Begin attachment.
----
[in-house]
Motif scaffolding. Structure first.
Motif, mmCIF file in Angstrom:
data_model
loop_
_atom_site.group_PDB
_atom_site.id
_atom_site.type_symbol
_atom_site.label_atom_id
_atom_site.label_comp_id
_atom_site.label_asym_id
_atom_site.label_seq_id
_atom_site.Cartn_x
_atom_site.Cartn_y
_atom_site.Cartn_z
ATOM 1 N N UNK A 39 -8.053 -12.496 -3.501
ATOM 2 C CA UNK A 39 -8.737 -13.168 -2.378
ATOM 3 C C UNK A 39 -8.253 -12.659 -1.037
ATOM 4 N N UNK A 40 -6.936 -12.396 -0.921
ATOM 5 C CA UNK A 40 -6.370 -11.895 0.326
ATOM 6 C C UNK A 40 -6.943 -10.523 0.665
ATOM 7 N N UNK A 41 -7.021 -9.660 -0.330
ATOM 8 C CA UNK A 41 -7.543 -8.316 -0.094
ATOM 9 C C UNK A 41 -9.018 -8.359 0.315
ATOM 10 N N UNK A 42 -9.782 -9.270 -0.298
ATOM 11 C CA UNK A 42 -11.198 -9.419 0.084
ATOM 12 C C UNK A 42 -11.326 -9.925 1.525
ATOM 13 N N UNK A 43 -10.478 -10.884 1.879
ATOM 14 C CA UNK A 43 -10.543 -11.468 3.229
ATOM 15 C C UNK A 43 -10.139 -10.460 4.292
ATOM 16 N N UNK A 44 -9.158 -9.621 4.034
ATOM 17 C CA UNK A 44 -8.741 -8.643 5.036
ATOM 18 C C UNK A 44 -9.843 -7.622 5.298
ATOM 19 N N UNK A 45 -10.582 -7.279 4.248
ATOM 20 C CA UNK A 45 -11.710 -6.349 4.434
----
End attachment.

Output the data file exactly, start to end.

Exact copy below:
[in-house]
Motif scaffolding. Structure first.
Motif, mmCIF file in Angstrom:
data_model
loop_
_atom_site.group_PDB
_atom_site.id
_atom_site.type_symbol
_atom_site.label_atom_id
_atom_site.label_comp_id
_atom_site.label_asym_id
_atom_site.label_seq_id
_atom_site.Cartn_x
_atom_site.Cartn_y
_atom_site.Cartn_z
ATOM 1 N N UNK A 39 -8.053 -12.496 -3.501
ATOM 2 C CA UNK A 39 -8.737 -13.168 -2.378
ATOM 3 C C UNK A 39 -8.253 -12.659 -1.037
ATOM 4 N N UNK A 40 -6.936 -12.396 -0.921
ATOM 5 C CA UNK A 40 -6.370 -11.895 0.326
ATOM 6 C C UNK A 40 -6.943 -10.523 0.665
ATOM 7 N N UNK A 41 -7.021 -9.660 -0.330
ATOM 8 C CA UNK A 41 -7.543 -8.316 -0.094
ATOM 9 C C UNK A 41 -9.018 -8.359 0.315
ATOM 10 N N UNK A 42 -9.782 -9.270 -0.298
ATOM 11 C CA UNK A 42 -11.198 -9.419 0.084
ATOM 12 C C UNK A 42 -11.326 -9.925 1.525
ATOM 13 N N UNK A 43 -10.478 -10.884 1.879
ATOM 14 C CA UNK A 43 -10.543 -11.468 3.229
ATOM 15 C C UNK A 43 -10.139 -10.460 4.292
ATOM 16 N N UNK A 44 -9.158 -9.621 4.034
ATOM 17 C CA UNK A 44 -8.741 -8.643 5.036
ATOM 18 C C UNK A 44 -9.843 -7.622 5.298
ATOM 19 N N UNK A 45 -10.582 -7.279 4.248
ATOM 20 C CA UNK A 45 -11.710 -6.349 4.434